Our EnRoute Software and the MultiCam router are powerful tools which I use extensively in our work. They make things easier and speed it up considerably. And while I would never want to give them up I also like to do some things by hand. Sculpting the body of the truck is a good example of how we combine modern tools with old world skills. And while I use Precision Board for the bulk of this project, a thin layer of Magic Sculpt give me the easiest way to finish this job. It shows the best of all worlds. The truck came off the router and required a little hand work with the die grinder to get it into the rough shape I needed. Hand work was limited to about 30 minutes after gluing the pieces right off the MultiCam.

Then it was time for some old fashioned hand sculpting. I use Abracadabra Sculpt in our shop. It dries rock hard in about three hours. It is the perfect medium for my slightly bent, cartoon style of work which is difficult to mimic with a machine alone.

I worked on the cab from the top down, then worked around the front of the truck and did the box (the easiest part) last. I did it this way because it was easiest to hold still there without fear of damaging the freshly sculpted parts. For the seam lines like the doors and hood I used a sharpened, wooden stir stick.

The truck is definitely hand sculpted and looks like it has been well used through the years. The paint job will feature lots of weathering and dirt to enhance this look to the max. The end result is a truck with a lot of character.

Tomorrow I begin the final paint and assembly at long last.


Tuesday, March 22, 2011

Coming together...

I finished the second chassis detail yesterday. This morning Kirsten was tasked with putting on a coat of paint.

While she labored on the painting I finished roughing out the body of the truck. I had done one half before the Sign magic Workshop a couple of weeks ago. I had left the second half as it had been assembled after routing. The hood line had been marked out.

The first job was to remove the screws as I would be cutting into these areas with the die grinder.

Then I rounded off the corners quickly and shaped them to match the first side. Even though the 30 lb Precision Board is pretty tough it didn't take long - about 15 minutes per side. I then measured and drilled in two holes for headlights. I inserted two 1" dowels.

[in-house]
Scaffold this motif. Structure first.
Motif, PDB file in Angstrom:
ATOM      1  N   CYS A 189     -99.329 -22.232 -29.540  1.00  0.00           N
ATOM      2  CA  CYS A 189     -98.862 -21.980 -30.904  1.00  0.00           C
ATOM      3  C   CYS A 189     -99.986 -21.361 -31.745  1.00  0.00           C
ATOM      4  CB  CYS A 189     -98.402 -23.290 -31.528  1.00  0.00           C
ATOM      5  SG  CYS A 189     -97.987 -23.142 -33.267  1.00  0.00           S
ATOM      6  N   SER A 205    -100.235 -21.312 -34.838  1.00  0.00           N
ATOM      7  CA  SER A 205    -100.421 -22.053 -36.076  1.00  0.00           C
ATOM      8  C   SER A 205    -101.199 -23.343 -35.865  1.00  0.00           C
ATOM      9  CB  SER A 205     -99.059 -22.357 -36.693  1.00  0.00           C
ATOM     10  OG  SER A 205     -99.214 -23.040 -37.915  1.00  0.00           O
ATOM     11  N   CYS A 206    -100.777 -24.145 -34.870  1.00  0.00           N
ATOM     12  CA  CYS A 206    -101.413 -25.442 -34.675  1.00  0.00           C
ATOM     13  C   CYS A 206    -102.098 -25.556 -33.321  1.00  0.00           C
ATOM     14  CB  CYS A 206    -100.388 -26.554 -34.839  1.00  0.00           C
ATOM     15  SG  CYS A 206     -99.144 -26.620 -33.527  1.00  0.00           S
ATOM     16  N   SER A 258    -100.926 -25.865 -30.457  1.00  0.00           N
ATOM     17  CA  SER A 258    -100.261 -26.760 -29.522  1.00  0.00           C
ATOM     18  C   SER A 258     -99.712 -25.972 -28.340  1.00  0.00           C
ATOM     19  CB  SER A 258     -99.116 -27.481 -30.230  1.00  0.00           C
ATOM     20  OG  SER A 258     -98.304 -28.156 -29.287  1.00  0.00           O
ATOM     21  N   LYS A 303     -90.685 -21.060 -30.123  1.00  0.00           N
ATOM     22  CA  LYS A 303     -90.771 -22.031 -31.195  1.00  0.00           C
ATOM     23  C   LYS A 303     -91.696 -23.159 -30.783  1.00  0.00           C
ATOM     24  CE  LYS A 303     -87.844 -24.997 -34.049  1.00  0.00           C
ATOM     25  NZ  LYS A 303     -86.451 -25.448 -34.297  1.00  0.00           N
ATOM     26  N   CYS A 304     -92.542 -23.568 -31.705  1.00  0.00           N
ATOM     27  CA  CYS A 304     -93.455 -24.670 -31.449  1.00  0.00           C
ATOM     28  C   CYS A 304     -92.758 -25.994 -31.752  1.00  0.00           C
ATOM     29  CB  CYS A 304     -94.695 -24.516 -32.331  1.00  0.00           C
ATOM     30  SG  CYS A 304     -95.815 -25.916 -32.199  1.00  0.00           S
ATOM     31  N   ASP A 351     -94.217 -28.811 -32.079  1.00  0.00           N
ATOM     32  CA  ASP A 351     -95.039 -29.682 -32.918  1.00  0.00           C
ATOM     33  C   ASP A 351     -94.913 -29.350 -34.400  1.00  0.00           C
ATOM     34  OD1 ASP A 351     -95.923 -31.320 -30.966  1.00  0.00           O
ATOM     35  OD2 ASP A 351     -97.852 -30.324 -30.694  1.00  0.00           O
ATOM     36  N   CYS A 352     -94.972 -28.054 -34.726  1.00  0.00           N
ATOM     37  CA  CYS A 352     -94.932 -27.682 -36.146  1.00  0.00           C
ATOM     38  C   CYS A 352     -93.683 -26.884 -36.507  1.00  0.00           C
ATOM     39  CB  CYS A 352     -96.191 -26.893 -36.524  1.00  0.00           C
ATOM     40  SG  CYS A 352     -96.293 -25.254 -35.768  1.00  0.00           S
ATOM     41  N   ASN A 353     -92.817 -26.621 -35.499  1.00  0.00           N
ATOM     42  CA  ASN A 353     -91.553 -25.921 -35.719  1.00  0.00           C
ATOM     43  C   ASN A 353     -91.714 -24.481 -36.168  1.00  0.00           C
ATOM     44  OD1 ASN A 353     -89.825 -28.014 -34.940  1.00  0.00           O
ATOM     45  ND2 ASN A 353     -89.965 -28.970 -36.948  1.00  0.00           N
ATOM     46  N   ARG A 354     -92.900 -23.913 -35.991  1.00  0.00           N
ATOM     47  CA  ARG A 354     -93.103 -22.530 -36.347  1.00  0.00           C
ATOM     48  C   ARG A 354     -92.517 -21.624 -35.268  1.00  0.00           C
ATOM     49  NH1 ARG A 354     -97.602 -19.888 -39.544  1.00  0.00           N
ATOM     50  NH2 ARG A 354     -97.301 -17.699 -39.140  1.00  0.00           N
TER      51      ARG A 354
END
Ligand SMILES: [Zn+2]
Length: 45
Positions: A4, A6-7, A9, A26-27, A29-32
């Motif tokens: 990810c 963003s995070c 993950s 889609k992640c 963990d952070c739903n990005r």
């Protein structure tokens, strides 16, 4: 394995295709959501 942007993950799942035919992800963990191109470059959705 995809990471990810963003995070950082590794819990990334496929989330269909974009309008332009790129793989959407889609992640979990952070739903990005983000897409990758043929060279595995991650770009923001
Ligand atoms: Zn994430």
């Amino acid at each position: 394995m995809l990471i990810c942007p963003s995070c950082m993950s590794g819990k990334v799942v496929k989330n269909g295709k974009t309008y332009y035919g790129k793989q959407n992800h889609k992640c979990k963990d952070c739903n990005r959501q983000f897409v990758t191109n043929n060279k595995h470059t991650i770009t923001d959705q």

The I pressed on and smoothed out a thin coat of sculpting epoxy over the headlights and windshield area and put on the center bar of the windshield. This would make it easier for the parts that come tomorrow.

As always I mocked everything up to check progress. The sign owner was sent a copy of progress via email as well. I know he is anxiously awaiting their completion.

The trucks are now much closer to the final look. Tomorrow will be a big day with lots of visible progress, seemingly in an instant.

Tomorrow night we will be down to final paint at long last.


Sunday, March 20, 2011

Laminating a structural steel frame inside a sign

The Black Forest Steak House sign is now in full production in the shop. The design was done just before Christmas but didn't get the green light and deposit until a month ago. Then it had to wait for it's turn in the cue. The MultiCam has been busy for a long while.
The sign was routed in seven layers of Precision Board. The two main faces and the top trim were from 2" thick material, while the balance was done using 1.5" thick material.

As soon as they came off the router I mocked them up to see how it looked together and to let me plan an idea of how I was going to put it together and also to measure up for the knight who would be the next phase of the project.